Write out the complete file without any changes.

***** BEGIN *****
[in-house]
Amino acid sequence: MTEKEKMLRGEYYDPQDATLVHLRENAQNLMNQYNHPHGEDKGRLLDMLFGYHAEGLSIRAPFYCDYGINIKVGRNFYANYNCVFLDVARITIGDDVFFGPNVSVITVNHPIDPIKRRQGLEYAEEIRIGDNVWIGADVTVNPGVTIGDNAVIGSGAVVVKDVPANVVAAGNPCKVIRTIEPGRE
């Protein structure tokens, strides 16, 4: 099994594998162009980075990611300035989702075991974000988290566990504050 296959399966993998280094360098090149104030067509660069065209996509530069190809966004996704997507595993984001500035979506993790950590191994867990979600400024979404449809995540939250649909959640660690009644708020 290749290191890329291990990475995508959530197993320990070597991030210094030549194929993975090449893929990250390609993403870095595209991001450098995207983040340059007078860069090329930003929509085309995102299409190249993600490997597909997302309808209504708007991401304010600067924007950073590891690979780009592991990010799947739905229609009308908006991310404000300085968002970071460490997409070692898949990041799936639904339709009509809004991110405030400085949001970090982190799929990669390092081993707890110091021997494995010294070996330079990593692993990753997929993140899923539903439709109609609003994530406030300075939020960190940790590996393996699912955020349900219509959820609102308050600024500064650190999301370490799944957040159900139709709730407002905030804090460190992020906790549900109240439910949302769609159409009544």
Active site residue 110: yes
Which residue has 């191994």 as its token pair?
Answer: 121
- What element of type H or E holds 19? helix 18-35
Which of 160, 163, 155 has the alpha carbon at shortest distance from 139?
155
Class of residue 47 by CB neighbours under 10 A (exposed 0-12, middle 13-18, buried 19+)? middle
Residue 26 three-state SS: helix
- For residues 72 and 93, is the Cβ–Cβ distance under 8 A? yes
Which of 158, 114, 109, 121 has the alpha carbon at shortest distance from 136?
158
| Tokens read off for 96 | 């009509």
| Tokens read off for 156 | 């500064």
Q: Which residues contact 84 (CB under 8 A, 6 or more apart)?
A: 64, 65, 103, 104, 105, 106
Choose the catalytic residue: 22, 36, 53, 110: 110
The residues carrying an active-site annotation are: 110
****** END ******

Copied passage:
[in-house]
Amino acid sequence: MTEKEKMLRGEYYDPQDATLVHLRENAQNLMNQYNHPHGEDKGRLLDMLFGYHAEGLSIRAPFYCDYGINIKVGRNFYANYNCVFLDVARITIGDDVFFGPNVSVITVNHPIDPIKRRQGLEYAEEIRIGDNVWIGADVTVNPGVTIGDNAVIGSGAVVVKDVPANVVAAGNPCKVIRTIEPGRE
């Protein structure tokens, strides 16, 4: 099994594998162009980075990611300035989702075991974000988290566990504050 296959399966993998280094360098090149104030067509660069065209996509530069190809966004996704997507595993984001500035979506993790950590191994867990979600400024979404449809995540939250649909959640660690009644708020 290749290191890329291990990475995508959530197993320990070597991030210094030549194929993975090449893929990250390609993403870095595209991001450098995207983040340059007078860069090329930003929509085309995102299409190249993600490997597909997302309808209504708007991401304010600067924007950073590891690979780009592991990010799947739905229609009308908006991310404000300085968002970071460490997409070692898949990041799936639904339709009509809004991110405030400085949001970090982190799929990669390092081993707890110091021997494995010294070996330079990593692993990753997929993140899923539903439709109609609003994530406030300075939020960190940790590996393996699912955020349900219509959820609102308050600024500064650190999301370490799944957040159900139709709730407002905030804090460190992020906790549900109240439910949302769609159409009544």
Active site residue 110: yes
Which residue has 């191994």 as its token pair?
Answer: 121
- What element of type H or E holds 19? helix 18-35
Which of 160, 163, 155 has the alpha carbon at shortest distance from 139?
155
Class of residue 47 by CB neighbours under 10 A (exposed 0-12, middle 13-18, buried 19+)? middle
Residue 26 three-state SS: helix
- For residues 72 and 93, is the Cβ–Cβ distance under 8 A? yes
Which of 158, 114, 109, 121 has the alpha carbon at shortest distance from 136?
158
| Tokens read off for 96 | 């009509």
| Tokens read off for 156 | 């500064």
Q: Which residues contact 84 (CB under 8 A, 6 or more apart)?
A: 64, 65, 103, 104, 105, 106
Choose the catalytic residue: 22, 36, 53, 110: 110
The residues carrying an active-site annotation are: 110